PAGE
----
For the next 60 years, the Forest Service sold itself as a fire suppression agency that could protect the nation’s valuable timber. In 1935 it adopted the “10 a.m. policy” — wherever and whenever a wildfire broke out, it was the Forest Service’s goal to control it by 10 a.m. the next morning. In the 1940s, the agency introduced one of the most effective propaganda campaigns in U.S. history: Smokey Bear. With his simple and ubiquitous slogan — “Only You Can Prevent Forest Fires!” — Smokey convinced people that wildfire was an ugly thing, like littering, that could and should be stopped.
Thankfully, Gary Ferguson, author of Land on Fire: The New Reality of Wildfire in the West, reveals Smokey Bear for what he really is: a traitor to his own kind. “Being a creature of the woods,” Ferguson writes, “Smokey might well have known what it would take humans longer to understand — that fire can in a lot of cases be a blessing.”
The ponderosa pine, an icon of the West, is recognizable for its thick, reddish, spongy bark and tall, barren trunk topped by a mane of branches and needles. These characteristics are not arbitrary. The bark insulates the trunk from fire, and the shedding of lower branches prevents ground fires from climbing to the canopy and killing the tree.
Other species don’t survive fire — they thrive in its aftermath. In Yellowstone’s lodgepole pine forests, for example, between 38 and 58 percent of the trees produce resin-sealed seed cones that open only through exposure to the heat of fire. Vast lodgepole forests like those in Yellowstone have adapted not only to low-intensity burns that clear the forest of dead wood and undergrowth, but also periodic “stand replacement fires” — big burns that kill swaths of old trees and seed the next generation.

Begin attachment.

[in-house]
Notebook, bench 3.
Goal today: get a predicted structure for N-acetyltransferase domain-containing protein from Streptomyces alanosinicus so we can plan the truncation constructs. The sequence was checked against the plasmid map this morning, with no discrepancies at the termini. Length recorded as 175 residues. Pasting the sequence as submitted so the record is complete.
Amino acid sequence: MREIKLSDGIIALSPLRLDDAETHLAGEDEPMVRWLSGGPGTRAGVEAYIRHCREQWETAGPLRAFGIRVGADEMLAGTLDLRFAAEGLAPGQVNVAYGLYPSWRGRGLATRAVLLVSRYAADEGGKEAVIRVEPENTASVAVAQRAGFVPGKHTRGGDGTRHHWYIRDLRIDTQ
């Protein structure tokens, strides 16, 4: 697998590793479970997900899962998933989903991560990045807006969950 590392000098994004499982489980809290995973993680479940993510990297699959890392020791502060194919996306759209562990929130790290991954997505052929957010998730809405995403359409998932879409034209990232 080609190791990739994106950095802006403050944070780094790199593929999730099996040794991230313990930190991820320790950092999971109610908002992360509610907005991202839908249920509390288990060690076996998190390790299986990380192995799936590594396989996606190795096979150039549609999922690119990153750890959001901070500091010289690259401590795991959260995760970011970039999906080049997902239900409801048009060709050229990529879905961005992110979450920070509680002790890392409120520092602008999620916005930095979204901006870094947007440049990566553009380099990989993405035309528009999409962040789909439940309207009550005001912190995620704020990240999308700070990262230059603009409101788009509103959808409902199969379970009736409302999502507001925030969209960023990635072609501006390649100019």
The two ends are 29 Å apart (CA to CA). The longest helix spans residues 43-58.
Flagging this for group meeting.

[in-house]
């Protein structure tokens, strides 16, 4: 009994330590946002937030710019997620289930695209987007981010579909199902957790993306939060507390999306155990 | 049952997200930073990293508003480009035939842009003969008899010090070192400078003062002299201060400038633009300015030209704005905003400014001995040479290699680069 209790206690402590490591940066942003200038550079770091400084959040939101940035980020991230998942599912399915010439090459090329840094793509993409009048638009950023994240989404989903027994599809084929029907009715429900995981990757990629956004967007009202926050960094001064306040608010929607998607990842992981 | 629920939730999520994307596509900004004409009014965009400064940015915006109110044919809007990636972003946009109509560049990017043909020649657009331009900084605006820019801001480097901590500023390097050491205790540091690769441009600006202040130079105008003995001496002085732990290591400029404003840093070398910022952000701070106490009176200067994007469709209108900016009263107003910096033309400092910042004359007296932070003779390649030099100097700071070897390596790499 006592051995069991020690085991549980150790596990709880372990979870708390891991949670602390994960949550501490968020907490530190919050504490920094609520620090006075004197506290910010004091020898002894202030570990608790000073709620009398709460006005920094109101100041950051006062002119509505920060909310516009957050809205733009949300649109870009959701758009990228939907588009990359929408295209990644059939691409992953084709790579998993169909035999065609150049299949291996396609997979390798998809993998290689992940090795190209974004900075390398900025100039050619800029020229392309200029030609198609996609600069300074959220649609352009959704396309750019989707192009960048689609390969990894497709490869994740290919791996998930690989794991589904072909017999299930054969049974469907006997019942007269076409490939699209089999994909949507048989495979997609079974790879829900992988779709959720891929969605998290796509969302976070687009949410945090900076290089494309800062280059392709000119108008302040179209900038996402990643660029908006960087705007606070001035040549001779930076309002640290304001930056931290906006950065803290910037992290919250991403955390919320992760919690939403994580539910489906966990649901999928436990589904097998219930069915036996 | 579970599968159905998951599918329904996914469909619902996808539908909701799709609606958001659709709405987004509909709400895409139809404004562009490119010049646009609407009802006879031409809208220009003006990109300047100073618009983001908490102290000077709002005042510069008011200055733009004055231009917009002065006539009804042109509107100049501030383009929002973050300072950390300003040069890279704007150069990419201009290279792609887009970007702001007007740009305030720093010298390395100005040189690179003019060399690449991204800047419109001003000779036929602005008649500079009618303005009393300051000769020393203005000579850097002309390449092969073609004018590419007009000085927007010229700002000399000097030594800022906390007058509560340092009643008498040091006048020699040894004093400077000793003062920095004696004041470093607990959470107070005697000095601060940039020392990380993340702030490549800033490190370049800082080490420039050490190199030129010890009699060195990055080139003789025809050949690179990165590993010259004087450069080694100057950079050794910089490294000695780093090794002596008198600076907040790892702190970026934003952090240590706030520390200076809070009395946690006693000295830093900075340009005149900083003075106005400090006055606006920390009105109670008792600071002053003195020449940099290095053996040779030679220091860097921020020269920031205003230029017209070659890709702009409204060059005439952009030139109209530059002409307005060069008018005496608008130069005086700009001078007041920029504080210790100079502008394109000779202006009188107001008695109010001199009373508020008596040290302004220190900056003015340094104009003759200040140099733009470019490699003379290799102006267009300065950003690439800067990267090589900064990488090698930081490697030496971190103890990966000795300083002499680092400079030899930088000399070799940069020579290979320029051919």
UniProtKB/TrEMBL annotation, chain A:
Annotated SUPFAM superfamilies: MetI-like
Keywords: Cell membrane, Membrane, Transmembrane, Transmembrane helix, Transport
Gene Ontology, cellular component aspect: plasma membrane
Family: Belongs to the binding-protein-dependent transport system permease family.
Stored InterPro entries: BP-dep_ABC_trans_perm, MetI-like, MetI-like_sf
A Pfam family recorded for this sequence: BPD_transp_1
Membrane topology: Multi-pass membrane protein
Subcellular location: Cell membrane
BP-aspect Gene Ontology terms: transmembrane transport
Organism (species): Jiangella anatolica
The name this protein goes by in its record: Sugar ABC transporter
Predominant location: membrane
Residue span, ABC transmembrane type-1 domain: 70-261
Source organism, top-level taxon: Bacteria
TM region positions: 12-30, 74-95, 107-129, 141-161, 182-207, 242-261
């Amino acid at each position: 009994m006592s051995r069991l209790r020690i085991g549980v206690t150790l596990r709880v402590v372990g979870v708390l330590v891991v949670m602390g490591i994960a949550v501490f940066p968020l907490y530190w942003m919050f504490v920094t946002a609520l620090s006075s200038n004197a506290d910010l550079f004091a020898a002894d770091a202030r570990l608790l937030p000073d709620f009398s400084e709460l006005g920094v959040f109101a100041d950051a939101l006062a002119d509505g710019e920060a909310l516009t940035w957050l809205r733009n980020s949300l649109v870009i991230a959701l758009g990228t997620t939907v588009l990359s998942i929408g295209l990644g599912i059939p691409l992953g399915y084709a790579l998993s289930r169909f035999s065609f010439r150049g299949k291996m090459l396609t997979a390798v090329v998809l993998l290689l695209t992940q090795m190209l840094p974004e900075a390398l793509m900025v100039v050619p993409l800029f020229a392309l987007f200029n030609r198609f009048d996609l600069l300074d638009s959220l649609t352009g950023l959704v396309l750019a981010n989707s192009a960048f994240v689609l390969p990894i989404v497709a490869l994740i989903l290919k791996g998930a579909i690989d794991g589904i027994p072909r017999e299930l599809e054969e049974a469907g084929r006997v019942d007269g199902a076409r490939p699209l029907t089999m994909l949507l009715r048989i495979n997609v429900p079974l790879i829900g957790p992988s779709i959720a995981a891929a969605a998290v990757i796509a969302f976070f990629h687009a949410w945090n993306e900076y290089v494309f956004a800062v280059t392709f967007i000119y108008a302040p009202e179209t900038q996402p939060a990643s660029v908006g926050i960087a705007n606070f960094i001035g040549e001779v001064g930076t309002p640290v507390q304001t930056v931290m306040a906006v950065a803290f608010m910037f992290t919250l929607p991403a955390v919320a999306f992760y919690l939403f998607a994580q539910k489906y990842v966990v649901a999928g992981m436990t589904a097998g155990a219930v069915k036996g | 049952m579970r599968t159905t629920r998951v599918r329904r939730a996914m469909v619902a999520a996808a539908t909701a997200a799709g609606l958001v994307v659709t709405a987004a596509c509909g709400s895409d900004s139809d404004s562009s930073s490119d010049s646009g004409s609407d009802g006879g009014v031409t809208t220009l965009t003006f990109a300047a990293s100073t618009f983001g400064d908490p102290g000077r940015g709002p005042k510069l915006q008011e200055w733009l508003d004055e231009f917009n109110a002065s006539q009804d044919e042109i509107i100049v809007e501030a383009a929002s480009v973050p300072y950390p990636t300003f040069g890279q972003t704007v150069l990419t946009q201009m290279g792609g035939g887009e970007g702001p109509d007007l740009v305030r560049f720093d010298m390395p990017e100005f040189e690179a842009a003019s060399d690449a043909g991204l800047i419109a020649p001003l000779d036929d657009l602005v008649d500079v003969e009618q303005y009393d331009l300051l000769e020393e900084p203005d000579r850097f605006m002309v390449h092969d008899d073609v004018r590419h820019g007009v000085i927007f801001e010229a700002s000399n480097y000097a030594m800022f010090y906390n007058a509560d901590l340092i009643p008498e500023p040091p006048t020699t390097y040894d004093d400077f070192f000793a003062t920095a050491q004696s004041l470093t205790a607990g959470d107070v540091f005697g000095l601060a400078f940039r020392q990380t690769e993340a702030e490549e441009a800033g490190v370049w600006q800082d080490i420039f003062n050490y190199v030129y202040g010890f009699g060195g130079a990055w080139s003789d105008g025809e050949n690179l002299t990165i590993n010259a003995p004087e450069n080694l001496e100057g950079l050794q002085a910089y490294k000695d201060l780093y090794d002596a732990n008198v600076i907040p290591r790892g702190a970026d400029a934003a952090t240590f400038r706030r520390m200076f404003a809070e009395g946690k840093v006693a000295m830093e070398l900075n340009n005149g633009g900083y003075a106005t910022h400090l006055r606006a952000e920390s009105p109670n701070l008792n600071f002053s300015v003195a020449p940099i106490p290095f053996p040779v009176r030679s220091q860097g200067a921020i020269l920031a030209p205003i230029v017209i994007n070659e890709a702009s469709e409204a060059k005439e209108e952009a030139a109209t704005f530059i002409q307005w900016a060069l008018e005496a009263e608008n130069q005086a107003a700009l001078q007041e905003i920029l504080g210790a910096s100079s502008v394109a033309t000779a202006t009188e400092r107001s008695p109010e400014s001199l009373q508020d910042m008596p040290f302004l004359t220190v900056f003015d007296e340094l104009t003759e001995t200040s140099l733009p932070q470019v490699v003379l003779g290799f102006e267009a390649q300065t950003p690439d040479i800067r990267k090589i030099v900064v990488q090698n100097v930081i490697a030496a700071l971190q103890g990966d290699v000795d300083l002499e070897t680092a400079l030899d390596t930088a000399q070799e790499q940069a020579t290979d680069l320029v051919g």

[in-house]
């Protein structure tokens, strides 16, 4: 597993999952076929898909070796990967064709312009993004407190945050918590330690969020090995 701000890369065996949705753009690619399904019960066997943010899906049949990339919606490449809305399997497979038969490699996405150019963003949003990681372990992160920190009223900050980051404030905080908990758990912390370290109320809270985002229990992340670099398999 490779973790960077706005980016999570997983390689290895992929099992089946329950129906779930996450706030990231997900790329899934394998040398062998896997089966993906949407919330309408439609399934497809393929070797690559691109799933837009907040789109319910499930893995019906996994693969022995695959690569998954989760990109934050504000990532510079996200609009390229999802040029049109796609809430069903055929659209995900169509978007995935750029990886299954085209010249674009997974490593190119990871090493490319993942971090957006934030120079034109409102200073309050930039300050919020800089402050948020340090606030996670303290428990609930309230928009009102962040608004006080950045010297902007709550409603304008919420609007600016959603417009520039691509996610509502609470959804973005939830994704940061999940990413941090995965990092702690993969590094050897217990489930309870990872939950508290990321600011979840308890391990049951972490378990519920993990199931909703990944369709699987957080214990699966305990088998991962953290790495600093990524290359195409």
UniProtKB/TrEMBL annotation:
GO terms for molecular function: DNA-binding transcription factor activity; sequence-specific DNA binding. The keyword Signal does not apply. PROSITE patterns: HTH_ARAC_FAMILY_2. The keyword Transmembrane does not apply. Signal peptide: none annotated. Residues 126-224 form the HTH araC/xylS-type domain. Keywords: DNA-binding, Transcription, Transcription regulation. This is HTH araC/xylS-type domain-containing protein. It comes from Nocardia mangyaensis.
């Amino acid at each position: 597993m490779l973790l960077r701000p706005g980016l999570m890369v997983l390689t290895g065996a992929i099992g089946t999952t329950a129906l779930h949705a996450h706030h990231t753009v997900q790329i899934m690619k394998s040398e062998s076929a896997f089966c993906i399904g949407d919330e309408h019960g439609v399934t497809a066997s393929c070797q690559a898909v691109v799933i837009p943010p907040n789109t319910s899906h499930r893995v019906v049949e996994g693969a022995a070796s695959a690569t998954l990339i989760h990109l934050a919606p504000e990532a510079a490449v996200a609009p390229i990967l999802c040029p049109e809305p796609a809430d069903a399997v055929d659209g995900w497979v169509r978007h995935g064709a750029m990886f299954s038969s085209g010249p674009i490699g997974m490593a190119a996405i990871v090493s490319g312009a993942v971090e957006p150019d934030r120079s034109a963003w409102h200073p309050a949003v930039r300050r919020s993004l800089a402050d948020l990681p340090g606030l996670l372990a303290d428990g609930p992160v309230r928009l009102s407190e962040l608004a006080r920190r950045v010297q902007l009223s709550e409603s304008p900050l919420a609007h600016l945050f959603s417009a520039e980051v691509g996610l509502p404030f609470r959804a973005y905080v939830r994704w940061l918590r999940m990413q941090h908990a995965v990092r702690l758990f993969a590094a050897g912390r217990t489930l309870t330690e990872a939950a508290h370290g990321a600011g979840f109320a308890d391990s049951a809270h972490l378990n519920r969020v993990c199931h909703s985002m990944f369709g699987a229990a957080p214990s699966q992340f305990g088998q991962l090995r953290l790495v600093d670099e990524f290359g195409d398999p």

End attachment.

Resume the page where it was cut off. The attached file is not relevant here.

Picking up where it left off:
A year after the Yellowstone fires, a research project found lodgepole pine seeds sprouting at the rate of 300,000 per acre. “Not only were transitional plants — fireweed, currant, raspberry — abundant within just a couple of years of the burn,” writes Gary Ferguson, “but also the vast majority of greater Yellowstone was on its way to rebuilding the same mix of vegetative communities that were present before the burn.”
Nor did the fires do much harm to wildlife. According to Ferguson, only two species suffered significant population declines due to habitat loss: capshell snails and moose. Nutrient-rich grasses, favored by elk and bison, sprouted profusely from the blackened ground, and increased sunlight along streams fed more algae, which fed more insects, which fed more trout and birds.
Ferguson says that while the media response to Yellowstone’s 1988 fires may have soured many people on the idea of natural fire, scientists who documented the recovery grew more convinced than ever that fire plays a vital ecological role in the landscape.
In the arid West, the process of decay is hobbled by lack of water, which is essential to the digestion of bacterial and fungal decomposers. There, wildfire largely takes the place of decay in the cycle of life: It frees and recycles the carbon and other life-fueling nutrients locked up in trees and other plants. As from a decaying nurse log in a temperate rainforest, new life often blooms from the scorched ground in the wake of a wildfire. In his essay “The Fire of Life,” fire historian Stephen J. Pyne puts it this way: “Combustion takes apart what photosynthesis puts together. It is among the most elemental of biochemical reactions; when it occurs in cells, we call it respiration, and when it occurs on landscapes, we call it fire.”